I don’t want to merely shoehorn some appropriated Catholic rituals into worship. And pictures of emergent events often feel like adults doing vacation bible school. I wonder if it’s the “gestalt” issue again (via Lloyd Lee Wilson et al), the problem of trying to get from here to there in an ad hoc manner that gets us to an mishmash of not quite here and not quite there. I want to find a religious community where faith and practice have some deep connection. My wife Julie went off to traditional Catholicism, which certainly has the unity of form and faith going for it, while I’m most drawn to Conservative Friends. It’s not a tradition’s age which is the defining factor (Zoroastrianism anyone?) so much as its internal logic. Consequently I’m not interested in a Quakerism (or Christianity) that’s merely nostalgic or legalistic about seventeenth century forms but one that’s a living, breathing community living both in its time and in the eternity of God.
I’ve wondered if Friends have something to give the emergent church: a tradition that’s been emergent for three hundred years and that’s maintained more or less regular correspondence with that 2000 year old emergent church. We Friends have made our own messes and fallen down as many times as we’ve soared but there’s a Quaker vision we have (or almost have) that could point a way forward for emergent Christians of all stripes. There’s certainly a ministry there, perhaps Robin’s and perhaps not mine, but someone’s.
- Indiana Friend Brent Bill started a fascinating new blog last week after a rather contentious meeting on the future of Friends leadership. Friends in Fellowship is trying to map out a vision and model for a pastoral Friends fellowship that embodies Emergent Church leader Brian McLaren’s idea of a “generous orthodoxy.” Interesting stuff that echos a lot of the “Convergent Friends” conversation (here, here, and here) and mirrors some of the dynamics that have been going on within liberal Friends. The QuakerQuaker conversation has thus far been most intense among evangelical and liberal Friends, with middle American “FUM” Friends mostly sitting it out so it’s great to see some connections being made there. Read “Friends in Fellowship” backwards, oldest post to newest and don’t miss the comments as Brent is modeling a really good back and forth process with by answering comments with thoughtful posts.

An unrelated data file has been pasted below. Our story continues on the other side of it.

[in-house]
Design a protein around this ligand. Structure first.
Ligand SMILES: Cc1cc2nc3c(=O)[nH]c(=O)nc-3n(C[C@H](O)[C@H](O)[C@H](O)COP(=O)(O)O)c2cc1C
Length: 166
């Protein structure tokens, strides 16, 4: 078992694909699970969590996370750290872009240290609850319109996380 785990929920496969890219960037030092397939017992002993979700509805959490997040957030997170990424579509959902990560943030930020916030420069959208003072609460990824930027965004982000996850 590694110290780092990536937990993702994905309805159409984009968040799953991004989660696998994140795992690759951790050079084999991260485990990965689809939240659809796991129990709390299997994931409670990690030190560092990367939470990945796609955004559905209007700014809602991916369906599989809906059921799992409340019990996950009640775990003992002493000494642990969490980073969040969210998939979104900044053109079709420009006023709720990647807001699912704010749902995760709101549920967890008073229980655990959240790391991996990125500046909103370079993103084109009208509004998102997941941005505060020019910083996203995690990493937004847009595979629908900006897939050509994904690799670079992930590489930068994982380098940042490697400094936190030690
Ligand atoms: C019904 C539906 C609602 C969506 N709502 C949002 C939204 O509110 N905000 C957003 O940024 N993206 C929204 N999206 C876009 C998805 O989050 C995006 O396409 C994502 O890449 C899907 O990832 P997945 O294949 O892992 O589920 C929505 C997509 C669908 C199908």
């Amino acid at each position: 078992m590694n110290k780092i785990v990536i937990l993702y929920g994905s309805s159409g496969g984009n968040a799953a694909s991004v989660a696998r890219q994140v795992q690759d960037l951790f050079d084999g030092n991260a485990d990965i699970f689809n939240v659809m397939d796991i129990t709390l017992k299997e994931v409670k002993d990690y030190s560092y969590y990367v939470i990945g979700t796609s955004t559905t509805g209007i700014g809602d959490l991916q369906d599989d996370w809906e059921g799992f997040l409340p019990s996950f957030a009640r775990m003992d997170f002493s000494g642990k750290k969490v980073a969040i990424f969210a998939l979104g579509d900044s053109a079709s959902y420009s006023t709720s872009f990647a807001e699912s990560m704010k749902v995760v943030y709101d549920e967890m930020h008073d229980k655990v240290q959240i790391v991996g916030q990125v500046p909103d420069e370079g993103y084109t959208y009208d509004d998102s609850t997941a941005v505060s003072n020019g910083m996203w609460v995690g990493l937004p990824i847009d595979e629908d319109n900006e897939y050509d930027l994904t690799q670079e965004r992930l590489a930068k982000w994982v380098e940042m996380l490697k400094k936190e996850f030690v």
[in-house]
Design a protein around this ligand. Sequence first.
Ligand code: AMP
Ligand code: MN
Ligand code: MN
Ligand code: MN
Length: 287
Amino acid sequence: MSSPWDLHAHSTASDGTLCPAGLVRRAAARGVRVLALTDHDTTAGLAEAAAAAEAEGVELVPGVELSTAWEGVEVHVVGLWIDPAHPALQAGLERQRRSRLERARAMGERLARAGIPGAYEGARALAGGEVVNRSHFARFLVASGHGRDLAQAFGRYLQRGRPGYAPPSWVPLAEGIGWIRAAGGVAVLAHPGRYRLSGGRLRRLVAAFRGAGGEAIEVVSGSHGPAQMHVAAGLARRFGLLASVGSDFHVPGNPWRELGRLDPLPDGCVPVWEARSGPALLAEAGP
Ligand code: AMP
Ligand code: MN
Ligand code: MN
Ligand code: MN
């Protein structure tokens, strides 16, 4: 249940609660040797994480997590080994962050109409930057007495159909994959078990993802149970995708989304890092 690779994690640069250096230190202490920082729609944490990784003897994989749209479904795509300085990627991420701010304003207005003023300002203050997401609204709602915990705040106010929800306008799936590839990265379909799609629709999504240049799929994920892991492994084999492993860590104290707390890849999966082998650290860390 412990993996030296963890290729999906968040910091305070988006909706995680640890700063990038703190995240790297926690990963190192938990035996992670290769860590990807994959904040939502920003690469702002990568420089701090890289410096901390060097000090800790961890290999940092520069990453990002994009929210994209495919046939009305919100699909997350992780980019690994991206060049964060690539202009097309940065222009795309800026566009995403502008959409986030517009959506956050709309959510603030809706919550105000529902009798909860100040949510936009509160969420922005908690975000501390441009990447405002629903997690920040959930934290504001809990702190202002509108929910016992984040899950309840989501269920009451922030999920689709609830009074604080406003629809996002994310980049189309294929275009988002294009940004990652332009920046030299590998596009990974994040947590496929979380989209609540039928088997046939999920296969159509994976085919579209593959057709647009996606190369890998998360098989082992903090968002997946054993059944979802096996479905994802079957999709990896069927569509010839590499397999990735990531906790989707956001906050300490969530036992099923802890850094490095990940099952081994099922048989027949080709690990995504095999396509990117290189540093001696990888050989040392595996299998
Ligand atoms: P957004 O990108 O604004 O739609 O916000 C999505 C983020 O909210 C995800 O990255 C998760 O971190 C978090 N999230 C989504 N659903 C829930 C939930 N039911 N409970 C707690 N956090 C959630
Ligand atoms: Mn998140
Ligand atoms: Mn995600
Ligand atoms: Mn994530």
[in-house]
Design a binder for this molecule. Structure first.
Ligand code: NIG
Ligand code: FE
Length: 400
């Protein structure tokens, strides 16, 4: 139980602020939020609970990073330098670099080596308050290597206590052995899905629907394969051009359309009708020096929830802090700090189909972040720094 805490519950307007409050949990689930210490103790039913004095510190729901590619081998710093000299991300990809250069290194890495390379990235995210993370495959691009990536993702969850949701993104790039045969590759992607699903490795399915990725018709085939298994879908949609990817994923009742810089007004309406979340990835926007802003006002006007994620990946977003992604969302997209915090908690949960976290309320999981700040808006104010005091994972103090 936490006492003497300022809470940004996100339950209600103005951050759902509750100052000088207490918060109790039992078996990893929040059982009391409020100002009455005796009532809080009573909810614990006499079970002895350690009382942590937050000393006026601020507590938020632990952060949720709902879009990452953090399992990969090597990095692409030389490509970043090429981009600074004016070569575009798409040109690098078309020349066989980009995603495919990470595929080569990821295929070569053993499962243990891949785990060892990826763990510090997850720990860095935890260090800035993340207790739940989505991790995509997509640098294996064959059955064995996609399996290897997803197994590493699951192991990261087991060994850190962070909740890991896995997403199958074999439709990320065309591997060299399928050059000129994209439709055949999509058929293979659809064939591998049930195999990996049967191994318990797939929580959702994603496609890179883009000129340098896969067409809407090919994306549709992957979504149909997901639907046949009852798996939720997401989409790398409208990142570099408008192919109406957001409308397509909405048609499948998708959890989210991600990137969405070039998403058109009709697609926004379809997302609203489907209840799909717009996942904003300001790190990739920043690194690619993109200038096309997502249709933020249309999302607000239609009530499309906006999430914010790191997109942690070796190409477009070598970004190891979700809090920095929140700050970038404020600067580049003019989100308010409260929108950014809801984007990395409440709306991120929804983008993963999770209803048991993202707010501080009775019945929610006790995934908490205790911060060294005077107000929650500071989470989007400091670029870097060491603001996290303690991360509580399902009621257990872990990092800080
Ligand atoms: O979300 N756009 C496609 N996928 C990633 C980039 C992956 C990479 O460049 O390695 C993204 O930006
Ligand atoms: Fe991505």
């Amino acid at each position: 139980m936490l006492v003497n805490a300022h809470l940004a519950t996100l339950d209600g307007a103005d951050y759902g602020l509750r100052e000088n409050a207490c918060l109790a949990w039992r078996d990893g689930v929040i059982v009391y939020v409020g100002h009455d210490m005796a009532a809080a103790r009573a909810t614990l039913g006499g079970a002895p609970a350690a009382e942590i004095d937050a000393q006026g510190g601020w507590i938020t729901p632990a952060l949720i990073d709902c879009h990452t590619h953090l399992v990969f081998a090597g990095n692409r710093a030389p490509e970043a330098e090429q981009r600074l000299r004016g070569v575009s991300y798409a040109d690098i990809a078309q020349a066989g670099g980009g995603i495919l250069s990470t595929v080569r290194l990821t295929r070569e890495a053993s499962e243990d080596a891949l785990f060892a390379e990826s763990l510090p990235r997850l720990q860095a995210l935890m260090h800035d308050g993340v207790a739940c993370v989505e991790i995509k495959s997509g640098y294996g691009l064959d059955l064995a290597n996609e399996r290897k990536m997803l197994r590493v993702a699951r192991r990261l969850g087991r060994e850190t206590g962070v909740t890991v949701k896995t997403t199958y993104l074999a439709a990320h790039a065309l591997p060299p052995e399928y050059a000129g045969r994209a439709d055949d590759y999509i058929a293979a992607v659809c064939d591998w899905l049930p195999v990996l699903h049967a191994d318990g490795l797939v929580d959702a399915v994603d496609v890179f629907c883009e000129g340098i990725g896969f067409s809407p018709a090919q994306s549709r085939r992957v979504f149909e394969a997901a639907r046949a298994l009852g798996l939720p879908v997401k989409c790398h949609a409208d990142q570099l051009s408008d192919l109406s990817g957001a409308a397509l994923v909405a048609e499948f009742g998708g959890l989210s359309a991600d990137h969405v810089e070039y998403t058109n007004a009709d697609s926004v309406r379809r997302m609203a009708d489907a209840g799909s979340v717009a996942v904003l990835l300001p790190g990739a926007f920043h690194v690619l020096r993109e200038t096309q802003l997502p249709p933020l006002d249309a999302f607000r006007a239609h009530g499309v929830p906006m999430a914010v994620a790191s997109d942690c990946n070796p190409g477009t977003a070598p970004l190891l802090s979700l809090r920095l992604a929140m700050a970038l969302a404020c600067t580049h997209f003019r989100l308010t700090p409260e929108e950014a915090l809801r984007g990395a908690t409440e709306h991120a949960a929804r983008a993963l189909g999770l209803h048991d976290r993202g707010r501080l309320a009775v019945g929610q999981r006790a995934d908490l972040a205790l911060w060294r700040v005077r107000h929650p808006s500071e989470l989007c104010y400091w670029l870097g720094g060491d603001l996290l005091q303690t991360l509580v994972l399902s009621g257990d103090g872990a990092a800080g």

- Famously unapologetically liberal Friend Chuck Fager has some interesting correspondence over on A Friendly Letter about some of the elephants in the Friends United Meeting closet. Interesting and contentious both, as one might expect from Chuck. Well worth a read, there’s plenty there you won’t find anywhere else.
- Finally, have I gushed about how fabulous the new’ish ConservativeFriend.org website is? Oh yes, I have, but that’s okay. Visit it again anyway.
A project from Estonia, a “blog of postcards for world peace”:http://postcardworldpeace.blogspot.com. From the site:
bq. The idea is simple: Send us a postcard from your country/city (or any postcard you want) writing in the backside a message of peace to the World. All the postcards will be uploaded in the blog, and there will be a record of how many postcards per country we receive (including a map showing the coverage).
There have been a few recent posts about the state of the Quaker blogosphere. New blogger Richard M wrote about “Anger on the Quaker blogs”:http://quakerphilosopher.blogspot.com/2006/08/anger-on-quaker-blogosphere.html and LizOpp replied back with ” Popcorn in the Q-blogosphere?”:http://thegoodraisedup.blogspot.com/2006/08/popcorn-in-q-blogosphere.html.